A High Court Judge has ordered Police Commissioner Gary Griffith to retroactively promote a police officer whose employment status had not changed almost a year after he won his lawsuit over the issue.
Justice Ricky Rahim granted the order as a contempt of court application against Griffith for failing to abide by his (Rahim) previous order in the case, came up for hearing at the Hall of Justice in Port-of-Spain.
Rahim was forced to make the ruling after Griffith’s lawyers and those for police prosecutor PC Ramdath Phillip informed him that they were unable to come to a compromise on how Rahim’s order should be effected, over the past week.
Rahim urged the parties to find an amicable resolution as he had already found that Phillip had been treated unfairly.
After the matter was stood down to facilitate further discussions, Phillip’s lawyer Anand Ramlogan, SC, informed the court that no agreement had been reached and requested that Rahim grant the order that he (Phillip) be retroactively promoted to the rank of Sergeant (Sgt).
T&T Police Service (TTPS) Director of Legal Services Christian Chandler and attorney Lester Chariah, who represented Griffith, did not consent to the order but also did not object to it.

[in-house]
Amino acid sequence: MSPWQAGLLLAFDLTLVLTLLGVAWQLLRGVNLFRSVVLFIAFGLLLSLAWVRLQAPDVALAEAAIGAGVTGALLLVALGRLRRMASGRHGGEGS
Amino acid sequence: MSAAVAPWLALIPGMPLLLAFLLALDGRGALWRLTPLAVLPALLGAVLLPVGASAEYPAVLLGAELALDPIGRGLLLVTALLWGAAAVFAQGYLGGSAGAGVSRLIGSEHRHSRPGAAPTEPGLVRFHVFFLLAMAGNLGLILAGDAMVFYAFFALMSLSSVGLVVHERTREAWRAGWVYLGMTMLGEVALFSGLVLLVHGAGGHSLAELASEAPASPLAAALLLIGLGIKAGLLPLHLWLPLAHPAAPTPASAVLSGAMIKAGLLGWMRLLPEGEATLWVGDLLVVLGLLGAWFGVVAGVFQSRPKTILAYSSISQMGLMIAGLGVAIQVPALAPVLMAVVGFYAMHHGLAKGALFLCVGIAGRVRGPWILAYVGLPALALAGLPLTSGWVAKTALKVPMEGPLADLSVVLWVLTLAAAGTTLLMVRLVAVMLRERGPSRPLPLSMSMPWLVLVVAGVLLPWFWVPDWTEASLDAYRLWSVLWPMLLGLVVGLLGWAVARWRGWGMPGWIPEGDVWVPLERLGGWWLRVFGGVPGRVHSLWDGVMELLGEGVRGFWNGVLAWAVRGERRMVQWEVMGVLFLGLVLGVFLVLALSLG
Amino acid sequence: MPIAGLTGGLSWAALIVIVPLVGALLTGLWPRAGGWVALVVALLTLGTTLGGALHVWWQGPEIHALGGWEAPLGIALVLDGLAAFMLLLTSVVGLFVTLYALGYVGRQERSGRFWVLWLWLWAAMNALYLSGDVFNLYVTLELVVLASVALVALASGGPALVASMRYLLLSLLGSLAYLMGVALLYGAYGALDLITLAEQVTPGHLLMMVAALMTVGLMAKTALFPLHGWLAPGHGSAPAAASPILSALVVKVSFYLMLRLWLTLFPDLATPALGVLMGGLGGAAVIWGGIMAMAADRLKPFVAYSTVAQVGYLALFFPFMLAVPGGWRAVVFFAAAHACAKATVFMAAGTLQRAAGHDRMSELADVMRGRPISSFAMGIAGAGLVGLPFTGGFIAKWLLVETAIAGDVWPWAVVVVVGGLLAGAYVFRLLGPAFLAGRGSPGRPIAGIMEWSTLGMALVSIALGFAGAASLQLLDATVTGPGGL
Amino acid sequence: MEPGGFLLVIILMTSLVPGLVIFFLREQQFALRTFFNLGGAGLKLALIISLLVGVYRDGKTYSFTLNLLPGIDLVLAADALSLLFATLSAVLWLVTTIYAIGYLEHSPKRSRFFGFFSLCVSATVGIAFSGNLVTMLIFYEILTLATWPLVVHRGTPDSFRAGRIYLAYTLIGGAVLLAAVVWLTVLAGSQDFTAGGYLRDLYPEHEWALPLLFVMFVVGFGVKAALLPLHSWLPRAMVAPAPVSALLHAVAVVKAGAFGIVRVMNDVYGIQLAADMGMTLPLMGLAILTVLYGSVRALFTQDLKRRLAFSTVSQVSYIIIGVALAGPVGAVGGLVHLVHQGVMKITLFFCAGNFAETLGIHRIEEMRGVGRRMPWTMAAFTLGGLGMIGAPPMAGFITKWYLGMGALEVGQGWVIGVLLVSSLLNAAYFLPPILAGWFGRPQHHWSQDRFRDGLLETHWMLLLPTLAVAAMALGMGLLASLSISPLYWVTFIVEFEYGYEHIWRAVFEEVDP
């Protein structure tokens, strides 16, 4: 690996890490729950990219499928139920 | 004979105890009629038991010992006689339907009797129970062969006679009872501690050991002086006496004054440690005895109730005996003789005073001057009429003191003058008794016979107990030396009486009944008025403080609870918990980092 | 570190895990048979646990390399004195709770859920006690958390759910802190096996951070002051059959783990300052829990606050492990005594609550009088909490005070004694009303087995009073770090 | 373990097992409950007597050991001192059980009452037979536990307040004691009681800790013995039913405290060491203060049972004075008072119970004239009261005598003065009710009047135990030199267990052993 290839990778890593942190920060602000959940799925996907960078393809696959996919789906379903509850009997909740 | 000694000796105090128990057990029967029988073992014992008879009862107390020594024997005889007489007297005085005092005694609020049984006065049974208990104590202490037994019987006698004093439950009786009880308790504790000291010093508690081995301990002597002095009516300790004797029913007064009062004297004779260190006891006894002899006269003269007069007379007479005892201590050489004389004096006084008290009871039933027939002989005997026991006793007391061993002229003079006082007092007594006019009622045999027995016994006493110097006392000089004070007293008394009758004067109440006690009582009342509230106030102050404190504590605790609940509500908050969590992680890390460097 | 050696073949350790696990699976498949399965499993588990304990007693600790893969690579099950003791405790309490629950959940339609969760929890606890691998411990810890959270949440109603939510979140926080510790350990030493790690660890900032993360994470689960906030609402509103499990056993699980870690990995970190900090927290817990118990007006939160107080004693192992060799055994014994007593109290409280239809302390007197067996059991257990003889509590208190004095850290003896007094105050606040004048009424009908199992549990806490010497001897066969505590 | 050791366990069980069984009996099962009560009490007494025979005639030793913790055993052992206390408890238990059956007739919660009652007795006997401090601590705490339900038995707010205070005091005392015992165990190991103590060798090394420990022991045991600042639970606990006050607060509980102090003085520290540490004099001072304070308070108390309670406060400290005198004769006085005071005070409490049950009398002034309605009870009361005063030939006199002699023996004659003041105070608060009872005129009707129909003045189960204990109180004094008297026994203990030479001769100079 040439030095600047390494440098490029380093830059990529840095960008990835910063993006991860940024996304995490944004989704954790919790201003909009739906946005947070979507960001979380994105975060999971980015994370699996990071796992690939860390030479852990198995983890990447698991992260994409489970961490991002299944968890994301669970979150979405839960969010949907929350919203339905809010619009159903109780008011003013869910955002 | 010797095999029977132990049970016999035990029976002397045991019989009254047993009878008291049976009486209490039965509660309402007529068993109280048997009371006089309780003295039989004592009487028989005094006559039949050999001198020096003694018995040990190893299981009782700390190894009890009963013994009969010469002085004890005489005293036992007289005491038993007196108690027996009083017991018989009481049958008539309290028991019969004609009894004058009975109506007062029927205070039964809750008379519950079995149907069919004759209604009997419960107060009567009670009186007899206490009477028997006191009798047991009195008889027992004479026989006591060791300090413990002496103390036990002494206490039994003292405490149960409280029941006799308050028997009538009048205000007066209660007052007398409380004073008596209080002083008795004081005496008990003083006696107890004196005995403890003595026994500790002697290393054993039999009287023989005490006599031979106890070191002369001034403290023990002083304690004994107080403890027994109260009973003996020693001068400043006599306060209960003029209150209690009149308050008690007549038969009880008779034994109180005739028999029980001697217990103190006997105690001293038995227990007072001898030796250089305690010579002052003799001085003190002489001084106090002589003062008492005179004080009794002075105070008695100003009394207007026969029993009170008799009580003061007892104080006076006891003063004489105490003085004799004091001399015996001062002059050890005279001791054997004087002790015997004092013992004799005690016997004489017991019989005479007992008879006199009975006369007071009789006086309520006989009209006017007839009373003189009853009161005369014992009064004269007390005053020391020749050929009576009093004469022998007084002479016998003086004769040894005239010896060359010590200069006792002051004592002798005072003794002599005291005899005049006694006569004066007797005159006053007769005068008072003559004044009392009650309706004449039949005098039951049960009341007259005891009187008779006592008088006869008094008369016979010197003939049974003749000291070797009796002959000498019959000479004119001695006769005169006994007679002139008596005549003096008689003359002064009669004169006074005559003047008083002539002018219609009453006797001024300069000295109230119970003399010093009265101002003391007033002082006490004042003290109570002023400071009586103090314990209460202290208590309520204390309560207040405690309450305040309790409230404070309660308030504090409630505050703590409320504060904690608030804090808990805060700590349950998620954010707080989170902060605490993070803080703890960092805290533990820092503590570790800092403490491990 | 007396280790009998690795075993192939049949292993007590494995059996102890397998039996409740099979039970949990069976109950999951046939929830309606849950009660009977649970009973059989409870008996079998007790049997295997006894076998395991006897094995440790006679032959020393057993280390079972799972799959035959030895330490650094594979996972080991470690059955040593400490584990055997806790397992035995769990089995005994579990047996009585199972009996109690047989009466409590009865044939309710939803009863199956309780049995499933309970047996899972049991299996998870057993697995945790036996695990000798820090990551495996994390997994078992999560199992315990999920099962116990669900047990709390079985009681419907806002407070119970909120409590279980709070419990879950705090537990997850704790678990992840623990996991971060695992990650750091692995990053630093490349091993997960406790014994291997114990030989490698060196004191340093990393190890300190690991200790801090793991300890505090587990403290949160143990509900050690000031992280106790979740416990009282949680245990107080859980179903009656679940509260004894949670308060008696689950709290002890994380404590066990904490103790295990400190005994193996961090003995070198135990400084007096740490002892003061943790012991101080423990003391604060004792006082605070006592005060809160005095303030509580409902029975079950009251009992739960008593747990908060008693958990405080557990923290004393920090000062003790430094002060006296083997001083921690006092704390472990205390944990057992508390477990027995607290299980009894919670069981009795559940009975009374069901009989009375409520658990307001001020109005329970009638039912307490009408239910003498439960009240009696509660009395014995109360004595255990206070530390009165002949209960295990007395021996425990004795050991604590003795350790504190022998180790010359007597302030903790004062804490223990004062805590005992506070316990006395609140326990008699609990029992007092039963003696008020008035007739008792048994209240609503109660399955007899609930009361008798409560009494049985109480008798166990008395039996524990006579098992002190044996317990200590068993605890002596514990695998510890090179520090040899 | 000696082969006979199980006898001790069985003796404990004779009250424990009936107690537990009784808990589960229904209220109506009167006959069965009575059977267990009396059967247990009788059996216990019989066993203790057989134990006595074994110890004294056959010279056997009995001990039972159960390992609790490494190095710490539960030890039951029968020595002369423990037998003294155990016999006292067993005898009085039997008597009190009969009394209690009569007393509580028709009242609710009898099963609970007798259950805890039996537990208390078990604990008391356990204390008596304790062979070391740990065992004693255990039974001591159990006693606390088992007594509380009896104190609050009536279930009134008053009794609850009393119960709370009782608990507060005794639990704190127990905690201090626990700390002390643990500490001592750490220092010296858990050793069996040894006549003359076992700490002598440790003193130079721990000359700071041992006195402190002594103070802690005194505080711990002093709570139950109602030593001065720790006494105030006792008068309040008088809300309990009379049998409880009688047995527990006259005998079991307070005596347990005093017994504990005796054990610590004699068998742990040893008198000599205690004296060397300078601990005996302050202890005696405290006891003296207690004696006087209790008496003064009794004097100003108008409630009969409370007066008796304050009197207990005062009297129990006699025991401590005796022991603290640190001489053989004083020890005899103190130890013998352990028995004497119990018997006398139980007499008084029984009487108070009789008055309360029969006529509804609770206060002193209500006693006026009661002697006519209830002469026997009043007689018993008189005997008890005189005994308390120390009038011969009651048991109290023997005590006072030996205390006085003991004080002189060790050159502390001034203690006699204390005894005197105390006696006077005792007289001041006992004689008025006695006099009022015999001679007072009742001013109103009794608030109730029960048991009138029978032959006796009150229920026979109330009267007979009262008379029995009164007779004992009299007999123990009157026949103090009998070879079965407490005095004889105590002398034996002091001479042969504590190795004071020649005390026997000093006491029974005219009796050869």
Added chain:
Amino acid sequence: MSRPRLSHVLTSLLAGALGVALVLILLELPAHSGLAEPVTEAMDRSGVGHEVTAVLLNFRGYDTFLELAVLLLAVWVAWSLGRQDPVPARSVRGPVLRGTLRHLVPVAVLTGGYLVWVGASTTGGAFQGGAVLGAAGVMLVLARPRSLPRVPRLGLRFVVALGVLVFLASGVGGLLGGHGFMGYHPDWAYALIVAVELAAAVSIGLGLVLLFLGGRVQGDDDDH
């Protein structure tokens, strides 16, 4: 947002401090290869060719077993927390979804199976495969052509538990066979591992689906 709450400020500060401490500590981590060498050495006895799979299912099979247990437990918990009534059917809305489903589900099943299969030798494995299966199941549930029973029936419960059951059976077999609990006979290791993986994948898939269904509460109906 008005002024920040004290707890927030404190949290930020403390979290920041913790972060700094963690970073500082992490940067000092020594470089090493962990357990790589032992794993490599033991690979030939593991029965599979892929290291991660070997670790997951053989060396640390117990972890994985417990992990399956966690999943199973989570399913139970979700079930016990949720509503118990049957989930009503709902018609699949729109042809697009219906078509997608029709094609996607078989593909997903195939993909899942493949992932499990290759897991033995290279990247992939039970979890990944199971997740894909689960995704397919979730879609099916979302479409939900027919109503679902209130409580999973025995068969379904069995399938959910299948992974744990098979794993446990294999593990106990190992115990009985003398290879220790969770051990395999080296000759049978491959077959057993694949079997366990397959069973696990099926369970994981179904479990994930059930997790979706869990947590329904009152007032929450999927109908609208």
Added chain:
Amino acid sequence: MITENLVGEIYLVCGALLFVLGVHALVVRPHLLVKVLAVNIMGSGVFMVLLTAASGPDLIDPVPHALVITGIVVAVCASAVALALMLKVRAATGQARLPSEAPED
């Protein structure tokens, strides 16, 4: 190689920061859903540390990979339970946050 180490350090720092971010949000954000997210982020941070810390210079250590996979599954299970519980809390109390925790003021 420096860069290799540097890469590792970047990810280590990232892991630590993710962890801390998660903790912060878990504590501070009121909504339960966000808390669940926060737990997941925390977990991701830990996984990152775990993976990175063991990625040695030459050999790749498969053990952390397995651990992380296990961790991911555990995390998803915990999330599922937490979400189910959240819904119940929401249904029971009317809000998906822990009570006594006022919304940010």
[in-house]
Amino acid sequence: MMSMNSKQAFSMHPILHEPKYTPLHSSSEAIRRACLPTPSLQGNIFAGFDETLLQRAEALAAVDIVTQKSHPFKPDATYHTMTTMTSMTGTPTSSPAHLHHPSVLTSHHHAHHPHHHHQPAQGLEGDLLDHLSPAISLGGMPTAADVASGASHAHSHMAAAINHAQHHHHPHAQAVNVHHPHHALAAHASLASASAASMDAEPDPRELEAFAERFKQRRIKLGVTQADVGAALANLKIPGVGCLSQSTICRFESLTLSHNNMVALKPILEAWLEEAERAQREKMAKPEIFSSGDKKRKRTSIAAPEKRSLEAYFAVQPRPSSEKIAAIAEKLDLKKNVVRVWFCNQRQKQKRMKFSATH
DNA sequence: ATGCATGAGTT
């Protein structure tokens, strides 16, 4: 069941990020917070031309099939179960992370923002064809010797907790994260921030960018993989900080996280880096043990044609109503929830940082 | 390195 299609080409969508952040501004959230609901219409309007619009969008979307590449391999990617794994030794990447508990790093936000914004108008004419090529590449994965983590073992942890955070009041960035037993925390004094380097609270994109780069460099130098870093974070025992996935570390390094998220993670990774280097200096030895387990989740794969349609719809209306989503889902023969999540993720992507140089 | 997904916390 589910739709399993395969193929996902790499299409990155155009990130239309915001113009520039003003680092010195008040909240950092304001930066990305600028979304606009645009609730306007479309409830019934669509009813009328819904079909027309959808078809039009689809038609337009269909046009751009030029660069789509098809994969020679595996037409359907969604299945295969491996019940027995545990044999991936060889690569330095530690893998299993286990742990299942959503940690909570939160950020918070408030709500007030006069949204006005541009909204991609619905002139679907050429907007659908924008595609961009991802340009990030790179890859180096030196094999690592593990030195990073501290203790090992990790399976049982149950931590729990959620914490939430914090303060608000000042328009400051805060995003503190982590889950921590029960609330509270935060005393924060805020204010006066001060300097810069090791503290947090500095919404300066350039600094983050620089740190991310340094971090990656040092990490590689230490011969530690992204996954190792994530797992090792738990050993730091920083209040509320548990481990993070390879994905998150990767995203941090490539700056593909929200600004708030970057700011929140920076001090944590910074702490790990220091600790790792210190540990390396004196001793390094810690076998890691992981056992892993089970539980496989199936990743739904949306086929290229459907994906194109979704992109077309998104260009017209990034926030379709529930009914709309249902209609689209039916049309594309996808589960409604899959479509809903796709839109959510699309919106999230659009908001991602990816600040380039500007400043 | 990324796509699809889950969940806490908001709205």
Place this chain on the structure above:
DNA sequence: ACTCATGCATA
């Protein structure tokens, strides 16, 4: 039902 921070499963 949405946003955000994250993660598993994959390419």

The order means that the TTPS will have to also pay Phillip the difference in his salary from when the retroactive promotion took effect April 21, 2016.
Phillip, of Princes Town, joined the T&T Police Service (TTPS) in February 2003. He completed his Bachelor’s degree in law in 2007 and was called to the bar in 2010.
Phillip attempted to utilise a departmental order introduced in 2007, which gave police officers with an LLB degree from an accredited institution an exemption from writing promotional exams. Officers with the qualification were to be awarded the maximum 35 points in the examination category.
However, Phillip was refused as he was informed that he had applied after the July 29, 2010 deadline.
In December, last year, Rahim upheld Phillip’s lawsuit as he ruled that the refusal was unfair, irrational and done in breach of the principles of natural justice.
Phillip’s lawyers brought the contempt of court proceedings after Griffith repeatedly failed to give effect to the judgement after several months.
Phillip was also represented by Jared Jagroo and Alana Rambaran while Joel Roper also represented Griffith.
Reporter: Derek Achong